I teach people how to breathe and coordinate breathing with exercise for a living, of course it makes sense to me. However, for many people correct breathing is counter intuitive. Common mistakes include no movement of the belly, pushing the muscles out instead of drawing in and holding the breath.
What should you be working on to build a foundation for correct breathing?
- Rib cage expansion. Pay attention to how the rib cage expands with normal breathing. There is movement in 4 directions (forward, backward, left/right). Most of us can feel a restriction in one of these movements and if we pay attention we can try to encourage more movement. There is also a gentle rise and fall of the chest wall.
- Seamless cycling of the breath. The inhalation and exhalation should flow one into the next. This means when you breathe in you should avoid holding your breath before your exhalation.
- Movement of the diaphragm. The diaphragm is the muscle responsible for breathing. It is a dome shaped muscle that attaches to the rib cage and the spine. On inhalation, the diaphragm contracts and descends into the abdominal cavity. On exhalation, the diaphragm relaxes and ascends to its resting position.
- What happens to the belly with breathing? There should be movement of the belly with breathing. The belly rises with the inhalation as the diaphragm descends and the abdominal contents move forward. The belly falls on exhalation as the diaphragm ascends and the abdominal contents return to their resting position. Inhalation should be relaxed and not forced to avoid pushing outwards as the breath goes into the belly. On the exhalation with the body’s natural flattening, is where you want to coordinate your strengthening and the inward pull of the abdominals.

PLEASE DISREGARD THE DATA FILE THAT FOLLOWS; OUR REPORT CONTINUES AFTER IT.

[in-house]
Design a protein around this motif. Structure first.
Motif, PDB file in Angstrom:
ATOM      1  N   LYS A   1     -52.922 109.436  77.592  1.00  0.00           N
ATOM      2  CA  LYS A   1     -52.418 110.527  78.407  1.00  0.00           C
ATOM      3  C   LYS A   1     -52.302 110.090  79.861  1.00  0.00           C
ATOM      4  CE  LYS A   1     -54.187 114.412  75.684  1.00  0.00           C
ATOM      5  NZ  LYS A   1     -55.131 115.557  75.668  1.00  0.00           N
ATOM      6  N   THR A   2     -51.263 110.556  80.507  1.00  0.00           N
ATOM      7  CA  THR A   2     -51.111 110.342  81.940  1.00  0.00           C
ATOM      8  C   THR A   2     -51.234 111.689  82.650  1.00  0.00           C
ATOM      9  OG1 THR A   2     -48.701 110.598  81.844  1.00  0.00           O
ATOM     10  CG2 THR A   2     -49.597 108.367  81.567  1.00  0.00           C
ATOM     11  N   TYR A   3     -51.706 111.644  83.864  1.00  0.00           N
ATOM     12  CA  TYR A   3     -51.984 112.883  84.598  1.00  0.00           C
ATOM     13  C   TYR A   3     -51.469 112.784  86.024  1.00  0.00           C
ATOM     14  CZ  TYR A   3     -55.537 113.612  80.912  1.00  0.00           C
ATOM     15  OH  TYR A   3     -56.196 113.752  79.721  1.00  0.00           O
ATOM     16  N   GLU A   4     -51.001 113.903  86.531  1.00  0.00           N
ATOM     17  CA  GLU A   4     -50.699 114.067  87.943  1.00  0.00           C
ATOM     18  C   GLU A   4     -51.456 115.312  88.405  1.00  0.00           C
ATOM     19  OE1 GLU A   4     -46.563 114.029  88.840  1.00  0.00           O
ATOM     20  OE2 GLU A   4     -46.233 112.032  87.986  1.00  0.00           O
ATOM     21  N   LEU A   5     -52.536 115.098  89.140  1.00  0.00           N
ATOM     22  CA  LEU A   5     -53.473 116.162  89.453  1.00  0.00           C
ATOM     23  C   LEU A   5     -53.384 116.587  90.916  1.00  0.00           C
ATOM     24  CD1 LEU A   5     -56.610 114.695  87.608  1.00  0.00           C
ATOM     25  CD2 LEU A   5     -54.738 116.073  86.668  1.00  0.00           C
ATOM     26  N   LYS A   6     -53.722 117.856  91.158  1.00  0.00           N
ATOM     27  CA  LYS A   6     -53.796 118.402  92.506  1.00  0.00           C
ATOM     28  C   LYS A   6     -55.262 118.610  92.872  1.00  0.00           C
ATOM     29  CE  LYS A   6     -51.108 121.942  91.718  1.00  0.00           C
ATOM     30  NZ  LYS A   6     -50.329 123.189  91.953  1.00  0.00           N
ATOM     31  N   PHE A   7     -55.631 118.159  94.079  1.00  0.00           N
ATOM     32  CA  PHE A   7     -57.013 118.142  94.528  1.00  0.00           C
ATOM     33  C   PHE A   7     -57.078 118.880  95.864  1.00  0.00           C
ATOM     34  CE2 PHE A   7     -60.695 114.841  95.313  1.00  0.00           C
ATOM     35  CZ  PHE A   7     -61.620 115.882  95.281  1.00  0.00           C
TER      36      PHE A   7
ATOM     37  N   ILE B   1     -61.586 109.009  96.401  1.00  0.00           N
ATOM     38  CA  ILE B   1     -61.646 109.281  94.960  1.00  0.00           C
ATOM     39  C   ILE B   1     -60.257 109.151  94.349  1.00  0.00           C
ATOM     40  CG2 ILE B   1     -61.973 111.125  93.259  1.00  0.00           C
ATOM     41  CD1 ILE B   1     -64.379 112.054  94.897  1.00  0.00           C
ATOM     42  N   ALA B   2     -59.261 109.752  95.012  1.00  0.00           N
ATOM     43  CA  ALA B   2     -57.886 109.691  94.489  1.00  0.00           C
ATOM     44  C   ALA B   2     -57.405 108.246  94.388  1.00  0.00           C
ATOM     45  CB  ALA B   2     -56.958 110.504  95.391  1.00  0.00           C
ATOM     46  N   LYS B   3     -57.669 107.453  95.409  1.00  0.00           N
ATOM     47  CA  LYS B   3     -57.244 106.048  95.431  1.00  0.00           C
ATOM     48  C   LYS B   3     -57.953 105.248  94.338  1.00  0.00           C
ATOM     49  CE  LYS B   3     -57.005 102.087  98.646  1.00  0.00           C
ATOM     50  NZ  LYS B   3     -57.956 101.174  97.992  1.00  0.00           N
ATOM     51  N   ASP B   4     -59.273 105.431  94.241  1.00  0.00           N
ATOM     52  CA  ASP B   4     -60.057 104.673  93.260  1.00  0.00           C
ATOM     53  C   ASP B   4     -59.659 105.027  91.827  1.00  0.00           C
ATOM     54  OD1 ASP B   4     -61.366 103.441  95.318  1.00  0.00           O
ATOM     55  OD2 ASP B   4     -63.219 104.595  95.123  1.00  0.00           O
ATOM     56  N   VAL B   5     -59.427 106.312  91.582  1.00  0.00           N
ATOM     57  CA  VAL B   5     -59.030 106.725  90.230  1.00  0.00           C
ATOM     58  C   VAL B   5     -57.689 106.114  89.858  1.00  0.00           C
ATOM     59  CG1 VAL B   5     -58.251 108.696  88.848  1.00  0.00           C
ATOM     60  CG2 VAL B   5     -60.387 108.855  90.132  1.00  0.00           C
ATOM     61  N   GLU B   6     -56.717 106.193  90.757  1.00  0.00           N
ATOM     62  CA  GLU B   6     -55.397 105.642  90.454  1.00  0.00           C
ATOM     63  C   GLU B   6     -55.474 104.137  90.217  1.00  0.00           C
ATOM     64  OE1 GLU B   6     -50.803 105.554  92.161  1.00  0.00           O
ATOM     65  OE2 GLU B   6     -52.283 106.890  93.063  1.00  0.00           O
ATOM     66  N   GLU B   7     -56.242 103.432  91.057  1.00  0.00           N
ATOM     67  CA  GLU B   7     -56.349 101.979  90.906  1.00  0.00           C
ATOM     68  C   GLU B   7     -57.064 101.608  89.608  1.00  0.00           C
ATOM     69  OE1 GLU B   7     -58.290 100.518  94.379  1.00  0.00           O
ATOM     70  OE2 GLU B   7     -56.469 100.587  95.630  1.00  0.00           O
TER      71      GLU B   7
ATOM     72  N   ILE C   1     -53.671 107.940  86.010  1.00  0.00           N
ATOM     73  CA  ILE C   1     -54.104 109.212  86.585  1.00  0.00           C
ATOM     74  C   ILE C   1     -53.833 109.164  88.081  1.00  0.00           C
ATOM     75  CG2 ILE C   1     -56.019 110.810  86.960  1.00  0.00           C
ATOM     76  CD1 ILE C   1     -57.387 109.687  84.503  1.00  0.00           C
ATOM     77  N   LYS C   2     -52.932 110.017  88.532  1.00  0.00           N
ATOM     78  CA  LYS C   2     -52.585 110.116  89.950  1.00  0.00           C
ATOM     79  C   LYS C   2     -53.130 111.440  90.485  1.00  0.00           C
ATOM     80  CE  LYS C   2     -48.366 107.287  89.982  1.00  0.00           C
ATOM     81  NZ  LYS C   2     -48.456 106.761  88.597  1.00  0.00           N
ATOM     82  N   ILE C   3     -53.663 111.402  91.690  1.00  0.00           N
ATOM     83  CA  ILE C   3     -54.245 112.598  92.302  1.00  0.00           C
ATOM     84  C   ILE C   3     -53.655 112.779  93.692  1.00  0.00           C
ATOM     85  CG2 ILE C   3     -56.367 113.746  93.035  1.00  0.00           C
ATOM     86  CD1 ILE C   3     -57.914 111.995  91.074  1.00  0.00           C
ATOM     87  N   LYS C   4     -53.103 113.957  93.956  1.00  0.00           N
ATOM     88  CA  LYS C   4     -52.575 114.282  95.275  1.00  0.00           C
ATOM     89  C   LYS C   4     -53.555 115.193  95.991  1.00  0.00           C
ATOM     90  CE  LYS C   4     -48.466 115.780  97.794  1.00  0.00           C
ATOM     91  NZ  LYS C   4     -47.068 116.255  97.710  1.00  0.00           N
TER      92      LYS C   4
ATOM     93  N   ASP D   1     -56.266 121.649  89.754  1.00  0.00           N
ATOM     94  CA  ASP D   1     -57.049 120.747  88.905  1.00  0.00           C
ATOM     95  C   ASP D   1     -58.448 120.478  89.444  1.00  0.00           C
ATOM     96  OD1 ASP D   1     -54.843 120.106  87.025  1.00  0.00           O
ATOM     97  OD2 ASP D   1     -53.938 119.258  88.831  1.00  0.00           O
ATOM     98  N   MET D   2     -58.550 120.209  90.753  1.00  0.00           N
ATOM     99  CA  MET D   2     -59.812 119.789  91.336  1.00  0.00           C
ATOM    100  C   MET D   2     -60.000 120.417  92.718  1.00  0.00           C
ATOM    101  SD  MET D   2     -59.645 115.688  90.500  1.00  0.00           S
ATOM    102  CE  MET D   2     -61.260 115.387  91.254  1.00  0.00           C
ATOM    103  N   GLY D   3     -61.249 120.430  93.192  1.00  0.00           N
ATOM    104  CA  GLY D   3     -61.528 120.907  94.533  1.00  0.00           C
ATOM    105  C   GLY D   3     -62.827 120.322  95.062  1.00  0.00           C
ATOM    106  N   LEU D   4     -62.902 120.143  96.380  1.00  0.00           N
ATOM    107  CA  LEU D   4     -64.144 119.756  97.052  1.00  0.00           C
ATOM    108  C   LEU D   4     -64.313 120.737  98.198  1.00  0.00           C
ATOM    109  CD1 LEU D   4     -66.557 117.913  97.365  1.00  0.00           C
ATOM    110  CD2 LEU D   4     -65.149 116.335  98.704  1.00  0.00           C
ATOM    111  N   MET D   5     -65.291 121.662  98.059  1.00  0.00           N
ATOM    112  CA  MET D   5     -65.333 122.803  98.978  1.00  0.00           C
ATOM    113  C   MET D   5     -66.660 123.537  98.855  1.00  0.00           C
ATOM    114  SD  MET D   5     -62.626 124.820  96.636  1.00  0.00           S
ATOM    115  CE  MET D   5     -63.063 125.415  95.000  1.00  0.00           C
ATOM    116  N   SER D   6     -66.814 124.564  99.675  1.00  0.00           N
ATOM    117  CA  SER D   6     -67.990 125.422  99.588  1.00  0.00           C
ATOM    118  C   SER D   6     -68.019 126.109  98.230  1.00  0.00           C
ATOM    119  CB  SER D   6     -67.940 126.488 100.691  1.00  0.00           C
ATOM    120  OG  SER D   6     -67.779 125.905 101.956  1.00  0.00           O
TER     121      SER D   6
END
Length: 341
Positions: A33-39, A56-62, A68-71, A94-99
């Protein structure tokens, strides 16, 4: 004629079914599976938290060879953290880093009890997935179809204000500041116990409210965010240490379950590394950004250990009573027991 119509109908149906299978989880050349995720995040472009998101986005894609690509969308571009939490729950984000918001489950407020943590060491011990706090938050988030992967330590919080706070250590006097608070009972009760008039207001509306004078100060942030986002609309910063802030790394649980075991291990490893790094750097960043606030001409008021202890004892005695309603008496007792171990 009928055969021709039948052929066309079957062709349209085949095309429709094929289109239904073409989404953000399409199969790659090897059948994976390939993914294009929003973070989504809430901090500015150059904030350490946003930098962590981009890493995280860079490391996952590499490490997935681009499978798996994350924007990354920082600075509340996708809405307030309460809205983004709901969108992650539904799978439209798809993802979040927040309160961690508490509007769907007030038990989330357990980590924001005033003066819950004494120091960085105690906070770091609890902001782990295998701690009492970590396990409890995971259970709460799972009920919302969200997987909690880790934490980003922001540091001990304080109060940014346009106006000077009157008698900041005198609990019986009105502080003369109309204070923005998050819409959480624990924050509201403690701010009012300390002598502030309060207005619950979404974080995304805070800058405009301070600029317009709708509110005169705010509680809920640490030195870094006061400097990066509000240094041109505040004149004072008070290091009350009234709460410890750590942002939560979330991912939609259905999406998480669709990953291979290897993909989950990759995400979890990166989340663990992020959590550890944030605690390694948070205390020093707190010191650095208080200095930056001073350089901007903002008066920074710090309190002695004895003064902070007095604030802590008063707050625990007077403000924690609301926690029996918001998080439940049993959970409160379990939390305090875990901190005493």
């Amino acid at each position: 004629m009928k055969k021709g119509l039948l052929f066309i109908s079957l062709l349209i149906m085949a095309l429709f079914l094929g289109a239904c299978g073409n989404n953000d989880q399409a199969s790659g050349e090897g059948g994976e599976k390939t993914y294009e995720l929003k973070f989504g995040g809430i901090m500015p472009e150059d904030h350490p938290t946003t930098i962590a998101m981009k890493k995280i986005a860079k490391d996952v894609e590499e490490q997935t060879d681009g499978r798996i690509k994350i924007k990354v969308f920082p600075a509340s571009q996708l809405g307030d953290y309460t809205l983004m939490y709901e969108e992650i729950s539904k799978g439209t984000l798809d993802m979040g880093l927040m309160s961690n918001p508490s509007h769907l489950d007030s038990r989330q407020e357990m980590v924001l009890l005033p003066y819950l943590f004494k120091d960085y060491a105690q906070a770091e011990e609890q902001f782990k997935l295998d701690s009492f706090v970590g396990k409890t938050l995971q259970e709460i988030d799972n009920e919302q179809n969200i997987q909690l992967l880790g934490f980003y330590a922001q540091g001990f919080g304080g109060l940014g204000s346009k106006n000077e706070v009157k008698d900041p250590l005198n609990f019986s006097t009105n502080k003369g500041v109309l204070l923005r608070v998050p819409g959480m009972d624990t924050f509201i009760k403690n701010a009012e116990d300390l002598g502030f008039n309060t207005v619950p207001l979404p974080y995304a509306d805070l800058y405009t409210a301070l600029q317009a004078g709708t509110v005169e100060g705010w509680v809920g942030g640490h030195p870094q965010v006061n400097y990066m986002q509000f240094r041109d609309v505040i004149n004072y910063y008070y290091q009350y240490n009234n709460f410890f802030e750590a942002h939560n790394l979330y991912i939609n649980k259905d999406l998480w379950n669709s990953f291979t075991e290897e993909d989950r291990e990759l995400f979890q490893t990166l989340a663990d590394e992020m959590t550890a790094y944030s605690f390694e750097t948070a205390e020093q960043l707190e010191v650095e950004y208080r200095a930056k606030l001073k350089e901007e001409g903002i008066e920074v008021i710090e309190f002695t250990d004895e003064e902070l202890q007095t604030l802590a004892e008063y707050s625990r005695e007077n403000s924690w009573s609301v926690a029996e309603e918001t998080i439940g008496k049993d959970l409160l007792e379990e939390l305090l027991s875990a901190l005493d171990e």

- What happens to the pelvic floor? The movement of the pelvic floor mirrors the movement of the diaphragm. The pelvic floor descends with inhalation and lengthens with tone to support the pelvic contents. The pelvic floor rises with exhalation and the muscles shorten as they lift. On the exhalation with the natural rise of the pelvic floor is where you want to coordinate your pelvic floor contraction.
It takes practice to put all the pieces together and coordinate the breath with exercise.
There are other factors to consider that make breathing challenging:
- Tight muscles
- Being disconnected from your body
- Difficulty breathing in general from sinus issues
- Deviated Septum
Practice correct breathing, a few minutes every day. Close your eyes and pay attention to the breath. This will create awareness. The more aware you are it will translate to your daily activities and become more natural. Be a little more aware of your breath next time you are at the gym or taking an exercise class.
Do you have a question? Ask Solange by email or comment below.